Modern visitors to the city often talk of a relentless assault on the senses. The colour, the heat, the noise, the smells, the spectacle, and the sheer exuberance of so many people packed into such a small area.

It often takes a trip through the city’s less salubrious enclaves, the slums of Dharavi, for instance, to see beyond the immediate and recognise that this is a city – like most world metropolises – where life exists as much in the shadows as it does in the light.

In the slums, poverty is endemic, but what is more endemic is the acceptance of poverty – by both the residents of such enclaves and the city’s overseers. There is a seemingly unbridgeable gap between rich and poor, and betterment – for those on the lowest rungs of the ladder – proceeds at a snail’s pace.

And yet there remains something mythopoetic about the city.

Mumbai is India’s city of dreams. People come here to make their fortune. They come to become famous, glorified on colourful billboards as the latest stars of the world’s most prolific movie industry – Bollywood. They come to start businesses, often one-man, one-woman operations whose premises are hidden away in the slums, and whose staff are urchins with little more than bright smiles, ragged shorts and an insatiable work ethic.

In between the glamour and the gutters there is something uniquely human about the great monster-city. This intangible quality is perhaps best summed up by a quote from Maximum City: Bombay Lost and Found by Suketu Mehta, who describes Mumbaikers running to catch a train, being hauled aboard by waiting hands: And at the moment of contact, they do not know if the hand that is reaching theirs belongs to a Hindu or Muslim or Christian or Brahmin or untouchable, or whether you were born in the city or arrived only this morning, or whether you live in Malabar Hill or Jogeshwari; whether you are from Bombay or Mumbai or New York. All they know is that you’re trying to get to the city of gold, and that’s enough. Come on board, they say. We’ll adjust.”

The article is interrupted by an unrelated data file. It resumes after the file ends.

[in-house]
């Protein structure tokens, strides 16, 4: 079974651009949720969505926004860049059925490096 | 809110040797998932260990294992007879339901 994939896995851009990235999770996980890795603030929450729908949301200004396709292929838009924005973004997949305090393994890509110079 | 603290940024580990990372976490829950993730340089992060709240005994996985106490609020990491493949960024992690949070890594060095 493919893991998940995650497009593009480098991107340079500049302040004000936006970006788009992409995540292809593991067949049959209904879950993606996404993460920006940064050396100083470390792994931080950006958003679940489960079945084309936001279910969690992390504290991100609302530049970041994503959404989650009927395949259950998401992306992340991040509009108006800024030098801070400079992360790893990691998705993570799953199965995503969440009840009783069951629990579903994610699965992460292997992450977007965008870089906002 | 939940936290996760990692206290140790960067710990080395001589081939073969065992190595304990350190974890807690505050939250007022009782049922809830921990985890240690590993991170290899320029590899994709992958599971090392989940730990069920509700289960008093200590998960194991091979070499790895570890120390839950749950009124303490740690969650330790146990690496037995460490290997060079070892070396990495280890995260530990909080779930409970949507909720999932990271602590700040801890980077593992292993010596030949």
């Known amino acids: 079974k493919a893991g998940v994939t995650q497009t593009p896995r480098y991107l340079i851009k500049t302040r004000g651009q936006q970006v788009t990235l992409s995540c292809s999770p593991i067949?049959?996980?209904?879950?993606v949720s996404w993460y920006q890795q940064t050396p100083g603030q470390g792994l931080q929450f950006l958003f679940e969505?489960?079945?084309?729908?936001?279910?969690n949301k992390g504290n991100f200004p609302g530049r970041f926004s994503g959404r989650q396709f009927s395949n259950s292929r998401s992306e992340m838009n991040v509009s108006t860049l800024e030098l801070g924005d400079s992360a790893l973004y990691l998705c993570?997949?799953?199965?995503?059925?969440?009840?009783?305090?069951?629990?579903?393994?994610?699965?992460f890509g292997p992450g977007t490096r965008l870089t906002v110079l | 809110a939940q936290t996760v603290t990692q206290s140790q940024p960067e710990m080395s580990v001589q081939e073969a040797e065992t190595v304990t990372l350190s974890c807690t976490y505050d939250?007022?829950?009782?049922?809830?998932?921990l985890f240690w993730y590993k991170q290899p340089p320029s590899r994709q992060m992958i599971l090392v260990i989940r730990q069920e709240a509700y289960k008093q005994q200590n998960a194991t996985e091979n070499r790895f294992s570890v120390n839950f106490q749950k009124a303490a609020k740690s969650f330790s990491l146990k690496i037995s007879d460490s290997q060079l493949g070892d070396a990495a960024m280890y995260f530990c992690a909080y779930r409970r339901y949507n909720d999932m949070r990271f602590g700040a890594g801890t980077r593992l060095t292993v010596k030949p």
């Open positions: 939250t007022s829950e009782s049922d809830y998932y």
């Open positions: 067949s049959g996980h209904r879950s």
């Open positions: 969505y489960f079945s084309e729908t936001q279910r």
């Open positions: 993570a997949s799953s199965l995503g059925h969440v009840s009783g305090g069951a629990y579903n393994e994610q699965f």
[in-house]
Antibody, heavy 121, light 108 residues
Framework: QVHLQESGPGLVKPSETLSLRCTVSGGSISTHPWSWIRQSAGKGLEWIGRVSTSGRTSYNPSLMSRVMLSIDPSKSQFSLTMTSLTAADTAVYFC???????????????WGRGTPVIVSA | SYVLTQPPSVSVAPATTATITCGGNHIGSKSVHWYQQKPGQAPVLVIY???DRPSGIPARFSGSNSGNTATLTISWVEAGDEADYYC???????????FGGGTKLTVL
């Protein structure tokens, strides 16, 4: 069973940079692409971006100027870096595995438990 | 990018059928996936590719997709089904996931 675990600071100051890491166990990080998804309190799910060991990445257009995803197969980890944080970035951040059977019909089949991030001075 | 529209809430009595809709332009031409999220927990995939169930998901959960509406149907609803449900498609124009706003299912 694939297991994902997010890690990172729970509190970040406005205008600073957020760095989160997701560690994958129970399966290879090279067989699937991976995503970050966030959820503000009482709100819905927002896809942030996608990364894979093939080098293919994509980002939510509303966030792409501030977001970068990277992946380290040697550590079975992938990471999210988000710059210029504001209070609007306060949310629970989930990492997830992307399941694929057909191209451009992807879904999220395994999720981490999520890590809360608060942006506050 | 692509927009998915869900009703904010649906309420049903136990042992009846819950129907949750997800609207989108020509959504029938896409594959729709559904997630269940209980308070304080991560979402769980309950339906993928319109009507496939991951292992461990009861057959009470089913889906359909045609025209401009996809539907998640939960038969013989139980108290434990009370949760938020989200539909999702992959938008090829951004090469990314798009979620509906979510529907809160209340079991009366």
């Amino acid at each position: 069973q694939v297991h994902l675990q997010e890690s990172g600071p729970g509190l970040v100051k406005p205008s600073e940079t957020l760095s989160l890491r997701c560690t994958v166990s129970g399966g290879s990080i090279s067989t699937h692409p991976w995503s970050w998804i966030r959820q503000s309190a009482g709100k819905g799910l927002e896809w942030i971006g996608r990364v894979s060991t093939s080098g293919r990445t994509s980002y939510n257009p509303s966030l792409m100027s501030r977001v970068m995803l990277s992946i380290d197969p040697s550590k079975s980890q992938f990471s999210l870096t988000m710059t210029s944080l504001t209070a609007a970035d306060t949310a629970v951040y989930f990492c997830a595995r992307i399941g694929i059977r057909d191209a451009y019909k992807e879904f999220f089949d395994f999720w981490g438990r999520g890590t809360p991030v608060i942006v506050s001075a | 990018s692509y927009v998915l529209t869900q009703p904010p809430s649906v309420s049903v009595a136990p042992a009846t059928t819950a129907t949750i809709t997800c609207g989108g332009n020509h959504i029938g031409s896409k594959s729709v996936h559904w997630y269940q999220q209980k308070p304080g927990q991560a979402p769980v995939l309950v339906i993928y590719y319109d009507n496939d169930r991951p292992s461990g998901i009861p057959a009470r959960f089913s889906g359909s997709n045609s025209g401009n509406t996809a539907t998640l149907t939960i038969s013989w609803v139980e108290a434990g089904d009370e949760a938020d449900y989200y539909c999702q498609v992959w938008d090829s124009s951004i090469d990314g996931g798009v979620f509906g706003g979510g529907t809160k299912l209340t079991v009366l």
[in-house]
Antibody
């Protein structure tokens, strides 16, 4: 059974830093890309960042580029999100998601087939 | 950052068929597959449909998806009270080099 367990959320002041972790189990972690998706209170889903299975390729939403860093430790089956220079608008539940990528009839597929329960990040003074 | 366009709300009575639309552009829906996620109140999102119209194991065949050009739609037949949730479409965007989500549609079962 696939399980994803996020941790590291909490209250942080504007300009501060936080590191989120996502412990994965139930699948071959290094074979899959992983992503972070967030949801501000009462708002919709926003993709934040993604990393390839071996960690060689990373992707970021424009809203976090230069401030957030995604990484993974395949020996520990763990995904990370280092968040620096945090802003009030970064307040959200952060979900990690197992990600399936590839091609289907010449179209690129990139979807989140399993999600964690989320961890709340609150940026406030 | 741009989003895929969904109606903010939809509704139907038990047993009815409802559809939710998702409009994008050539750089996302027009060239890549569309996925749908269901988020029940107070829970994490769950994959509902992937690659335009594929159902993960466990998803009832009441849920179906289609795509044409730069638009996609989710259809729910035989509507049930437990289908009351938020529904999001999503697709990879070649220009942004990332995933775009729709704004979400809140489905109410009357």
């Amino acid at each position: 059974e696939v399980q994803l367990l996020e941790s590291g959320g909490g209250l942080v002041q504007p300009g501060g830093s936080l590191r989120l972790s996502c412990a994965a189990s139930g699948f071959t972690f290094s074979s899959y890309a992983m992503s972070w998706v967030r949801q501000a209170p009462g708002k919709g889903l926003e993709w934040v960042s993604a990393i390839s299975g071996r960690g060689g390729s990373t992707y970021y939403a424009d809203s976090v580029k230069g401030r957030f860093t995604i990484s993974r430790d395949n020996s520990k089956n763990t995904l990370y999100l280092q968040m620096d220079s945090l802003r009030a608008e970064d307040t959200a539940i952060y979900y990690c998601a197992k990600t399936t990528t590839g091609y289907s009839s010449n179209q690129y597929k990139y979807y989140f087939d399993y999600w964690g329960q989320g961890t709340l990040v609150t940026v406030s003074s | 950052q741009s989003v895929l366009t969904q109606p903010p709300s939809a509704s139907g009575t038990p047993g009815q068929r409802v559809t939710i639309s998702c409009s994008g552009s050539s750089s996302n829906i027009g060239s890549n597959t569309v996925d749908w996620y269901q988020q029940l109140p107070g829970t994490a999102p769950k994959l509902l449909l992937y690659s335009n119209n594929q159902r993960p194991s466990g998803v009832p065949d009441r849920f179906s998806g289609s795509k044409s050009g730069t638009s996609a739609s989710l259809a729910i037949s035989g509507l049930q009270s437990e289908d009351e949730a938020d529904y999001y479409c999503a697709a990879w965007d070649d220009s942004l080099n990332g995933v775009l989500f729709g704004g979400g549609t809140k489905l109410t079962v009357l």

My latest novel, The Lost Man of Bombay, is set in India, in the 1950s, and features India’s first female police detective, Persis Wadia, as she investigates the body of a white man found frozen in the foothills of the Himalayas with only a small notebook containing cryptic clues. Soon, more bodies begin to pile up in Bombay, India’s city of dreams … Available from bookshops big and small and online. To see buying options please click here.  

This article is one of a series of 50 that I will be publishing on my website. Together these pieces explore the history and culture of India from her most ancient civilisations to the nation’s ambitious space programme. You can read all 50 pieces here.

All 50 articles will be collected into a digital book and published in due course. To receive a FREE copy of the book, simply register for my newsletter here. The newsletter goes out every three months and contains updates on book releases, articles, competitions, giveaways, and lots of other interesting stuff. 

One thought on “Inside India #41: From Bombay to Mumbai: India’s city of dreams

  1. Brilliant article Vas and thank you. I learn something really interesting with each one. The more we learn of the past equips us for the future with relevant knowledge.